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Norway’s Stone Age Houses Studied

Wednesday, January 17, 2018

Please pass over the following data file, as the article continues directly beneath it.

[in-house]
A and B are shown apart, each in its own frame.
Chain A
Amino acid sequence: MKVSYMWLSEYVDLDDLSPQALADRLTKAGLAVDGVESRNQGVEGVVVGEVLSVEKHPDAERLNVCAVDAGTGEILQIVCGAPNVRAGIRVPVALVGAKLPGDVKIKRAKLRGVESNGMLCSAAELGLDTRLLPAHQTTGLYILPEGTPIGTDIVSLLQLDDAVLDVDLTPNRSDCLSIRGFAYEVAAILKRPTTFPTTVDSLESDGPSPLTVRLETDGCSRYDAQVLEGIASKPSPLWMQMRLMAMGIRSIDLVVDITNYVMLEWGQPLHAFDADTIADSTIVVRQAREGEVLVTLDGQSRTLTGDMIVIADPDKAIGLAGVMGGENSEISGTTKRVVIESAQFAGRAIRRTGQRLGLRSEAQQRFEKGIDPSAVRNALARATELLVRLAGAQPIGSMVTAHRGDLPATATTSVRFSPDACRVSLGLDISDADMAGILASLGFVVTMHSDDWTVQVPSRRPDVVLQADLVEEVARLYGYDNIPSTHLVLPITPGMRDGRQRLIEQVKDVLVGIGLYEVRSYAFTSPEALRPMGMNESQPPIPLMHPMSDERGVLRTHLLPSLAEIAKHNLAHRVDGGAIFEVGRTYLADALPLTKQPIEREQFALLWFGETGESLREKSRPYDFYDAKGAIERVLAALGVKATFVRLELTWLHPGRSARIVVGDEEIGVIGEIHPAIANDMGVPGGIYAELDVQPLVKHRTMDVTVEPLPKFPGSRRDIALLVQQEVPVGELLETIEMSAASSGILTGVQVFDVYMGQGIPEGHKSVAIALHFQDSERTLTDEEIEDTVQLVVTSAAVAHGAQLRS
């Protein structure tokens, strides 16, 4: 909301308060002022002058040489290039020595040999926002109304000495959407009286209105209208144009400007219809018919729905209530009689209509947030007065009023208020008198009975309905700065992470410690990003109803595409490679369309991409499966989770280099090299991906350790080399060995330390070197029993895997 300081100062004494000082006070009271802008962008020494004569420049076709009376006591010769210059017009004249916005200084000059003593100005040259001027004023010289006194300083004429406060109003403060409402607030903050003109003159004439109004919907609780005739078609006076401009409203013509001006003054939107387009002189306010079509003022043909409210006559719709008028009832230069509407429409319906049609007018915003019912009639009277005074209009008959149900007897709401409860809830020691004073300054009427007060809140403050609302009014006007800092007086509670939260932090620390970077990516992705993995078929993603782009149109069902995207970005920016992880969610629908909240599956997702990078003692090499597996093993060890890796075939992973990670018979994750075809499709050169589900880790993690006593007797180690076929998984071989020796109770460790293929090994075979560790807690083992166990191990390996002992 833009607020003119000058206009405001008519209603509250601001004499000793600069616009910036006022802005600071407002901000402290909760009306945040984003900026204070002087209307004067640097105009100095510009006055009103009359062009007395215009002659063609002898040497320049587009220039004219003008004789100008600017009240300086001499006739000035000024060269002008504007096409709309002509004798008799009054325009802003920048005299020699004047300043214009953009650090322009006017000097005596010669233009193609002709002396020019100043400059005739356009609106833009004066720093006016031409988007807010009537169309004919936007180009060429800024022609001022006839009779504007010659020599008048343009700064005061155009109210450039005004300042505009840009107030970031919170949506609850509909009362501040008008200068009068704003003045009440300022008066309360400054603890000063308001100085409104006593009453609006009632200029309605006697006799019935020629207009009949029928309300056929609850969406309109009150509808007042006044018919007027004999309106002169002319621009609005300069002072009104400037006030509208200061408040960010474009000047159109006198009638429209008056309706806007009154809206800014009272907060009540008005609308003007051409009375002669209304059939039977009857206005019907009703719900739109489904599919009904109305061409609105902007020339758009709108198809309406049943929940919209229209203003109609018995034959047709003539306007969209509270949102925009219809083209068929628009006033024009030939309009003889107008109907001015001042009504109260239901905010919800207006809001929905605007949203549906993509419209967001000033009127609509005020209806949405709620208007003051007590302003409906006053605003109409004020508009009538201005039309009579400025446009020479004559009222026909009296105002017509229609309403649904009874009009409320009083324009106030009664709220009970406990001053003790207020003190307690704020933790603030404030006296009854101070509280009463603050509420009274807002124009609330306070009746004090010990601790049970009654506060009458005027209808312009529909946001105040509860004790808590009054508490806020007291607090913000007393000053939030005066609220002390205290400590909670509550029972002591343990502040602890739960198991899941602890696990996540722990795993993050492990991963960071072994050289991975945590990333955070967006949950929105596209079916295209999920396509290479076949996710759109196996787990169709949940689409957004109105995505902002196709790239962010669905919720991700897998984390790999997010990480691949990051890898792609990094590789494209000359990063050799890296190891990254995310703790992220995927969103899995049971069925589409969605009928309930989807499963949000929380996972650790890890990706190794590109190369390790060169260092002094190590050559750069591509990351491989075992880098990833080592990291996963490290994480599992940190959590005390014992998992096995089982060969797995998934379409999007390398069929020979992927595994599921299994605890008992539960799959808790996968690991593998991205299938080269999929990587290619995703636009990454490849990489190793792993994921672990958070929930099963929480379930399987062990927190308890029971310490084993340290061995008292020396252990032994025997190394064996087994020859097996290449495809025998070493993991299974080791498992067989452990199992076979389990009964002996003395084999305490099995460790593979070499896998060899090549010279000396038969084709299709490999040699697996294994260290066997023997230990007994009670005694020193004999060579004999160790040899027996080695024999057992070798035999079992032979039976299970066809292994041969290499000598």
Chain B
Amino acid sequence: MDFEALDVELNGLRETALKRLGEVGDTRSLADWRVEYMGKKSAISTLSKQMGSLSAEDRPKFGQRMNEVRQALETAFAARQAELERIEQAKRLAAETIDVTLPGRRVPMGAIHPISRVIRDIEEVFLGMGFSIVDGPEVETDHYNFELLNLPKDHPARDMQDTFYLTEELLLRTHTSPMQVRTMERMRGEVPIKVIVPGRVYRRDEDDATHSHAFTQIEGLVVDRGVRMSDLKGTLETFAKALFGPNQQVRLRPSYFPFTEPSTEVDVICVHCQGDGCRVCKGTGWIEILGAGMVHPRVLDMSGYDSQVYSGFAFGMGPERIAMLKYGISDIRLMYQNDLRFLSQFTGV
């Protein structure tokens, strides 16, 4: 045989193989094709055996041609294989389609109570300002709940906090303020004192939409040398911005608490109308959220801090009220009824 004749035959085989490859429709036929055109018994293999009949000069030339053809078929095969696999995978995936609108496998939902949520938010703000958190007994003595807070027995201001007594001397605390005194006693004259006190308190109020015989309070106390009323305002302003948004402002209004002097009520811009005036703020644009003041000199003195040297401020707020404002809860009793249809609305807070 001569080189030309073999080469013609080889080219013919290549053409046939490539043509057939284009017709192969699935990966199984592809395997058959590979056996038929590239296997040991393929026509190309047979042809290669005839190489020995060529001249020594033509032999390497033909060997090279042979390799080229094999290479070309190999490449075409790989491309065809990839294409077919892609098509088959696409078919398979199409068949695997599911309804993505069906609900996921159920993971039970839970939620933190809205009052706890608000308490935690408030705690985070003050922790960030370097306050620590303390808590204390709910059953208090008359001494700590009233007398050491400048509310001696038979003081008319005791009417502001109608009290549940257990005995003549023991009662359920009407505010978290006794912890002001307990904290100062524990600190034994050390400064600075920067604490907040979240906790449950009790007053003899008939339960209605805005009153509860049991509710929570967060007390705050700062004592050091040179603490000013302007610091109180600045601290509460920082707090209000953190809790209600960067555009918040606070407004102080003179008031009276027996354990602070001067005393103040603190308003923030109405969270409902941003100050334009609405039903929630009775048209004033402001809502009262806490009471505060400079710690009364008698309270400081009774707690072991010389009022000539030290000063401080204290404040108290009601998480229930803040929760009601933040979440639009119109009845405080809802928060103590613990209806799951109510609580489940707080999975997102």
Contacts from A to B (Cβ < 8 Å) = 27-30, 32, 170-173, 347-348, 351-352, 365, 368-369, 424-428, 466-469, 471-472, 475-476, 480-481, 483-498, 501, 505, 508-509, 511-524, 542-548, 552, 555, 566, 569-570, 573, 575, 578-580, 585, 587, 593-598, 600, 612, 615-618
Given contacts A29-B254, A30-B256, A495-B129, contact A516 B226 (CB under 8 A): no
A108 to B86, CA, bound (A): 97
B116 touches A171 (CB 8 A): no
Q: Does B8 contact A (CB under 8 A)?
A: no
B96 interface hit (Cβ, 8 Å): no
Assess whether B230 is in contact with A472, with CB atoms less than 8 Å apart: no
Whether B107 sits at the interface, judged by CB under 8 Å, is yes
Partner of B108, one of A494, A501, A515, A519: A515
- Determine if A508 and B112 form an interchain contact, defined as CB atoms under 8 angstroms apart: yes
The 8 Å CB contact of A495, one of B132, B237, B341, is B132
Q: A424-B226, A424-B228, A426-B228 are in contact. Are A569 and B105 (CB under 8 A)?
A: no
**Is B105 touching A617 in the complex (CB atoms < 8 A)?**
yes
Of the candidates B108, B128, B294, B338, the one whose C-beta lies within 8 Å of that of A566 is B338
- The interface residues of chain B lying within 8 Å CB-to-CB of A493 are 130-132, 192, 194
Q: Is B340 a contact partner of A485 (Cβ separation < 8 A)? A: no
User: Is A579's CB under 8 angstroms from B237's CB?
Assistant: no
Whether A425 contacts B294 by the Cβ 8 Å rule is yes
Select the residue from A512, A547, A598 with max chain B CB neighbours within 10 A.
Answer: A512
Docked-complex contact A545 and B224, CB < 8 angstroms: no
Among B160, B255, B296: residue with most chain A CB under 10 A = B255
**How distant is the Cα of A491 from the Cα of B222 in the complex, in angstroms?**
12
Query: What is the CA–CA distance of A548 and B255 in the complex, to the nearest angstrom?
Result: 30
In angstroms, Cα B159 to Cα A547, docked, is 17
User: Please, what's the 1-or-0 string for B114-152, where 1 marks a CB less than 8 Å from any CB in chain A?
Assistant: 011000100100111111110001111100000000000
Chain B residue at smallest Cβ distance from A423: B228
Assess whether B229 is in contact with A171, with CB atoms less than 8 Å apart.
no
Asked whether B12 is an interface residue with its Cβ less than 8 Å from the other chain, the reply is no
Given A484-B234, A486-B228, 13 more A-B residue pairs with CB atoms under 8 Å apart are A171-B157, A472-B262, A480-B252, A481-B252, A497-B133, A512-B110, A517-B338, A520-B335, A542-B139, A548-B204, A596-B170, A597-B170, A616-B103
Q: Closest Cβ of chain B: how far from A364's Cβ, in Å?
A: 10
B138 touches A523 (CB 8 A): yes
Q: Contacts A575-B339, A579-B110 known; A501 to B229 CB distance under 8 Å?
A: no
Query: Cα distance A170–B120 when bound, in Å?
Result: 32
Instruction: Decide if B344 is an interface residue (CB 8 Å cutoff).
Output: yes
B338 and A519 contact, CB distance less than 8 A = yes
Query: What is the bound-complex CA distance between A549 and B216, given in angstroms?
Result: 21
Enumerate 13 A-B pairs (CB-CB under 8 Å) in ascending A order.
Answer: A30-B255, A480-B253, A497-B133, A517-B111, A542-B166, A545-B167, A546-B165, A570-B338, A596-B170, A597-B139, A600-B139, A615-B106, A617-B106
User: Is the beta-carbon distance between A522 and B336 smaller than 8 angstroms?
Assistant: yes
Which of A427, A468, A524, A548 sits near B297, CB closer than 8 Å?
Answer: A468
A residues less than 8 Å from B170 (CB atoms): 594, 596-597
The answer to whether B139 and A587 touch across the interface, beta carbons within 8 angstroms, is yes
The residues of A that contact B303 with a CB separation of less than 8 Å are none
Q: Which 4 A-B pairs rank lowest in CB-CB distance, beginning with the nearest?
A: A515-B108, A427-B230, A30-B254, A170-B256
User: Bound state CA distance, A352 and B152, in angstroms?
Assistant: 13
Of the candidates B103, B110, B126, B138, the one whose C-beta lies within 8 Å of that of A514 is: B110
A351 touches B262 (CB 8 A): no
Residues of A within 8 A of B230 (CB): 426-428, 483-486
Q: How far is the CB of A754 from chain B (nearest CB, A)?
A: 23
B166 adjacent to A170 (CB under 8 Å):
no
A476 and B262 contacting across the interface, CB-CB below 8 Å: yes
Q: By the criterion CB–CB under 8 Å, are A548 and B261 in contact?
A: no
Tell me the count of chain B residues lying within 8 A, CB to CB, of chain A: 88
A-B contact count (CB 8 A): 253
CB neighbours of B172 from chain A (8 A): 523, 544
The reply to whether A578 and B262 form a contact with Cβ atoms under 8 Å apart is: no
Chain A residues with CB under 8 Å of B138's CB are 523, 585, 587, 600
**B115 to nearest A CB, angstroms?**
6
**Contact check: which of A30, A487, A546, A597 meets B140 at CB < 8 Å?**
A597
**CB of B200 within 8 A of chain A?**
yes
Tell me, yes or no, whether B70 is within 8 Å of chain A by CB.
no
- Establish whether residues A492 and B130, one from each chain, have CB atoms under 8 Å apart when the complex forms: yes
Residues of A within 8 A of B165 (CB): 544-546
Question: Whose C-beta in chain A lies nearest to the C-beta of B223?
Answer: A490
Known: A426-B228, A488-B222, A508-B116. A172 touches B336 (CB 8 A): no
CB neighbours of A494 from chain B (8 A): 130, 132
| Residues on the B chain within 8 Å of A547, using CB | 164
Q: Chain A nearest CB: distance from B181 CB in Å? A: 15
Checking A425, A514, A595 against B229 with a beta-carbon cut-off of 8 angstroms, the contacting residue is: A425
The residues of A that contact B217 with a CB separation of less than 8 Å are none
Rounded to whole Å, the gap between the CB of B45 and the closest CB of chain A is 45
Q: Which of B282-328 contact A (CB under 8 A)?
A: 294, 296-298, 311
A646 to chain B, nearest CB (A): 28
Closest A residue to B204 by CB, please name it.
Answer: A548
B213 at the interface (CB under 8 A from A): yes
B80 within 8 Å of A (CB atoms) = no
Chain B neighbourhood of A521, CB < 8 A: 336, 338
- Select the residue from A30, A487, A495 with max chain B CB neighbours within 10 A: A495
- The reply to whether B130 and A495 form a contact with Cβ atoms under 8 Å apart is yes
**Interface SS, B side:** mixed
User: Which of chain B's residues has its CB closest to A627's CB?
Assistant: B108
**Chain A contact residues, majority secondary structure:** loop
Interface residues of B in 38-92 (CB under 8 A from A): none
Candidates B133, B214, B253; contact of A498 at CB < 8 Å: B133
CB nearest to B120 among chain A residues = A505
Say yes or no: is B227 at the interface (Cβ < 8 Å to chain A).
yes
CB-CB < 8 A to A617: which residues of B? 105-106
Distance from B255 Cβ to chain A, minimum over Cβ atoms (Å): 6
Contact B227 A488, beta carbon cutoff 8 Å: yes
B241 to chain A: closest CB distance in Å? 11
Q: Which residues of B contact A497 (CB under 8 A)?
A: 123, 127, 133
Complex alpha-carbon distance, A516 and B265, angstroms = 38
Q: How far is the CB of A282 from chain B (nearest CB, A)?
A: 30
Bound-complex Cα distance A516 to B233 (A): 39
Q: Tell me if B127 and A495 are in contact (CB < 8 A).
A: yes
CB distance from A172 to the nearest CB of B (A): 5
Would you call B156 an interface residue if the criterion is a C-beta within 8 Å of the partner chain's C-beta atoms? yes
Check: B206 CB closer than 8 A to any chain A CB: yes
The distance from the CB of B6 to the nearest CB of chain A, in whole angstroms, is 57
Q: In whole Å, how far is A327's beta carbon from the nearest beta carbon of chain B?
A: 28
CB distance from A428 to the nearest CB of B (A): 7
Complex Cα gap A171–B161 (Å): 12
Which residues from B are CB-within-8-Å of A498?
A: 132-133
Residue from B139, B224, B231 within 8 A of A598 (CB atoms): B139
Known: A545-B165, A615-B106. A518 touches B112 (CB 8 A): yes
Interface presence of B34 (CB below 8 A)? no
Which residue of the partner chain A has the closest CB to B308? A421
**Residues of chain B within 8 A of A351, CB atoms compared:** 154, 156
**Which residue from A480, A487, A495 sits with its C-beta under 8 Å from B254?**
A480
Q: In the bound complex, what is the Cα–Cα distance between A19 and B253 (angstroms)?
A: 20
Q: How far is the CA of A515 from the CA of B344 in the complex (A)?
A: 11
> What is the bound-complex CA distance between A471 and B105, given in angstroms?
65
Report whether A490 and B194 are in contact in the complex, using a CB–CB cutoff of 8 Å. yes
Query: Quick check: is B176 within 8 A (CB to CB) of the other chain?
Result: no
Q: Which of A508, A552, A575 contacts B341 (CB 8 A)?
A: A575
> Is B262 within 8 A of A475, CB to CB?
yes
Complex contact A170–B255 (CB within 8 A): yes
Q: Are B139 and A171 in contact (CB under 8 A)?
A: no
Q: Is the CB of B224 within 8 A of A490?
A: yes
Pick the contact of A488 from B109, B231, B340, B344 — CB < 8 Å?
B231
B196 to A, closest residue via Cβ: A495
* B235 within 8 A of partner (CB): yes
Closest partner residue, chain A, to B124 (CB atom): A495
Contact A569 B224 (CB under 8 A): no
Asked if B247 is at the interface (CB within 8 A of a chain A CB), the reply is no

Norway Mesolithic dwellingsTRONDHEIM, NORWAY—Silje Fretheim of Norwegian University of Science and Technology analyzed the excavation of 150 well-preserved Stone Age dwellings in Norway and found that some Mesolithic hunter-gatherers built pit houses that were maintained for 1,000 years. According to a report in Science Nordic, the earliest traces of homes are small rings of stones that secured tent flaps made of animal skins, and cleared surfaces with areas of debris from stone tool construction. Fretheim thinks hunter-gatherers traveled with these small tents. Then, some 9,500 years ago, as the ice retreated and sea levels along the coast stabilized, people began to build pit houses with frameworks of wood and turf that were slightly larger than the tents. These larger dwellings may have been shared by larger family groups. Some of the pit houses were abandoned for a time and then reused over a period of more than 1,000 years. Fretheim suggests people placed the houses in areas supported by good fishing and hunting conditions because they recognized good places to live. To read about another archaeological project in Norway, focusing on much more recent history, go to “The Secrets of Sabotage.”

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